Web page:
Meaning of “grin” in the English Dictionary

"grin" in British English

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grinnoun [ C ]

uk /ɡrɪn/ us /ɡrɪn/

C2 a wide smile:

I assumed things had gone well for him because he had a big grin on his face.
a broad/sheepish grin

More examples

  • That child's got such a cheeky grin.
  • I love his mischievous grin, don't you?
  • The baby turned and gave me a toothy grin.
  • At 70, he still retains his impish grin.
  • Amy took a crayon and drew a round face with two round eyes and a big grin.

grinverb [ I ]

uk /ɡrɪn/ us /ɡrɪn/ -nn-

C2 to smile a wide smile:

He grinned at me from the doorway.
What are you grinning about?

More examples

  • The class photograph showed a strange bunch of grinning children.
  • She grinned slyly and refused to tell me where the money came from.
  • The poor boy grinned inanely, without any knowledge of what was happening.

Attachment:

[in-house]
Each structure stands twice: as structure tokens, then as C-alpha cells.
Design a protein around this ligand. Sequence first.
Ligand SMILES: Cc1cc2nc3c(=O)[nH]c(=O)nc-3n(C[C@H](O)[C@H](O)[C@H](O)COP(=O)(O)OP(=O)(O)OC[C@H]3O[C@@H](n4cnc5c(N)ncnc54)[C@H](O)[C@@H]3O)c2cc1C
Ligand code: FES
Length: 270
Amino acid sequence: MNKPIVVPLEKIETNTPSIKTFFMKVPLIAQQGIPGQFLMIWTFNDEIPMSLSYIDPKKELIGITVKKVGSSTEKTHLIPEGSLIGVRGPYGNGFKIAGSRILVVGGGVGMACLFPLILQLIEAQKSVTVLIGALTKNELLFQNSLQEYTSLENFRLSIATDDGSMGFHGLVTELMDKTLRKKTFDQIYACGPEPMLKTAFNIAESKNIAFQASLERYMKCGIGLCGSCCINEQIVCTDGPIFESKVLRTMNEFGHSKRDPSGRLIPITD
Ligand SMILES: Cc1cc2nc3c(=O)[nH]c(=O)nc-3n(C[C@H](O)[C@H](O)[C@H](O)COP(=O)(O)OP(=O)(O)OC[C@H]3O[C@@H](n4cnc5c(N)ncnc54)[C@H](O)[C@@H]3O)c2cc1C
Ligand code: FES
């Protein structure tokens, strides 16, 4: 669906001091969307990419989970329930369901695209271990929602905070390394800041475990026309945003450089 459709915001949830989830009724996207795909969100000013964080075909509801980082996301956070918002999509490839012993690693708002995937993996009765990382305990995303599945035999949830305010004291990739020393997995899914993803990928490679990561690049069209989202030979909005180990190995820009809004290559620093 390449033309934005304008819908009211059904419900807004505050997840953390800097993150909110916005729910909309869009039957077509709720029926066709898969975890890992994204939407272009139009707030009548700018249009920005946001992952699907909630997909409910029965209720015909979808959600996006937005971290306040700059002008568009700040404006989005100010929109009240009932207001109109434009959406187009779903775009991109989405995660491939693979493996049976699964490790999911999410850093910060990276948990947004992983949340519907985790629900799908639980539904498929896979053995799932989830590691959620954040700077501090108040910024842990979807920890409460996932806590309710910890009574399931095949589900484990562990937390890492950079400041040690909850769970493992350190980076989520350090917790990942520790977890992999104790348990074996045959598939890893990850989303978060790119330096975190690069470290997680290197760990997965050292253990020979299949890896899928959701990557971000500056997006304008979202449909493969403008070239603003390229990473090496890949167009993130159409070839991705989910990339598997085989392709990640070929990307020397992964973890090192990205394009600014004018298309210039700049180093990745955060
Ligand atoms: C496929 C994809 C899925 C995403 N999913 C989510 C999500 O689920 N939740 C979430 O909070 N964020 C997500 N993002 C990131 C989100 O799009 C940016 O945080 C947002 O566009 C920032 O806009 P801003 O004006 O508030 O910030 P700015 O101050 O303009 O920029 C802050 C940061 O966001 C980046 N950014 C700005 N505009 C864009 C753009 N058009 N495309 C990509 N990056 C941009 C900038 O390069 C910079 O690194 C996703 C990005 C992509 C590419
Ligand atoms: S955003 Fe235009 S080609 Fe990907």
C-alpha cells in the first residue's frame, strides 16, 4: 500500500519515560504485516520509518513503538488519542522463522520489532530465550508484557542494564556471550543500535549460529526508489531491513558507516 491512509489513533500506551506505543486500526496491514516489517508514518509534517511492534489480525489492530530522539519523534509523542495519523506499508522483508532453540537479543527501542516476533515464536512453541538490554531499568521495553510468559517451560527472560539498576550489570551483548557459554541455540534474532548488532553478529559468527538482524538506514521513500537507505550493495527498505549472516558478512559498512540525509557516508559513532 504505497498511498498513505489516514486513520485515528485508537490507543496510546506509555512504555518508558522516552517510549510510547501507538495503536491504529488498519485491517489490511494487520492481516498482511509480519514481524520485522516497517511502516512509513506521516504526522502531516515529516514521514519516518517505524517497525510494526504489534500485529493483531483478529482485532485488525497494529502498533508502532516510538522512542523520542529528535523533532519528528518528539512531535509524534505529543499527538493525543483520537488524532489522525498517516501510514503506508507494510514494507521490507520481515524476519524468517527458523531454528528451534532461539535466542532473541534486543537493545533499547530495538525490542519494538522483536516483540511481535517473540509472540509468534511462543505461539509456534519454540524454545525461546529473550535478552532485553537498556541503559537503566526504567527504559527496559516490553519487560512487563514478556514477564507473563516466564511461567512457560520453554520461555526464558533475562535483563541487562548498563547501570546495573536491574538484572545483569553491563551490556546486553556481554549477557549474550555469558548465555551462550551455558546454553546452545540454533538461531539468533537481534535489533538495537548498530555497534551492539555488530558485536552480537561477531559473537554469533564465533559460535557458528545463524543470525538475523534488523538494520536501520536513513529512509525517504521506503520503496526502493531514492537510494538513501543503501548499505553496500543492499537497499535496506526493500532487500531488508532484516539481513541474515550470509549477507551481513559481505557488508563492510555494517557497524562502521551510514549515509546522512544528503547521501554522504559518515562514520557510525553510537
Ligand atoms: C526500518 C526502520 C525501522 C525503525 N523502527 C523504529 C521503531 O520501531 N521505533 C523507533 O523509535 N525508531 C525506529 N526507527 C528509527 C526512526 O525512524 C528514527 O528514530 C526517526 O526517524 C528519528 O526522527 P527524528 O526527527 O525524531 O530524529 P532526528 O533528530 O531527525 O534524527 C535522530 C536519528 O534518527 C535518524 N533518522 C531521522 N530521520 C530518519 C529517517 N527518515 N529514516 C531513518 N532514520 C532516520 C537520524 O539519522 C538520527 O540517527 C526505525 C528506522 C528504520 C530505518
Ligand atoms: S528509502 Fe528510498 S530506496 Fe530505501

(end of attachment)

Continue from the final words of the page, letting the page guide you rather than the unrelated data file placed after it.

• She jumped when she saw a grinning face at the window.
  • My friends grinned at me encouragingly when I came onto the stage.

(Definition of “grin” from the Cambridge Advanced Learner’s Dictionary & Thesaurus © Cambridge University Press)

"grin" in American English

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grinnoun [ C ]

us /ɡrɪn/

a wide smile:

He flashed a big grin and gave us a thumbs up.
grin
verb [ I ] us /ɡrɪn/ -nn-

He grinned and waved to us.

(Definition of “grin” from the Cambridge Academic Content Dictionary © Cambridge University Press)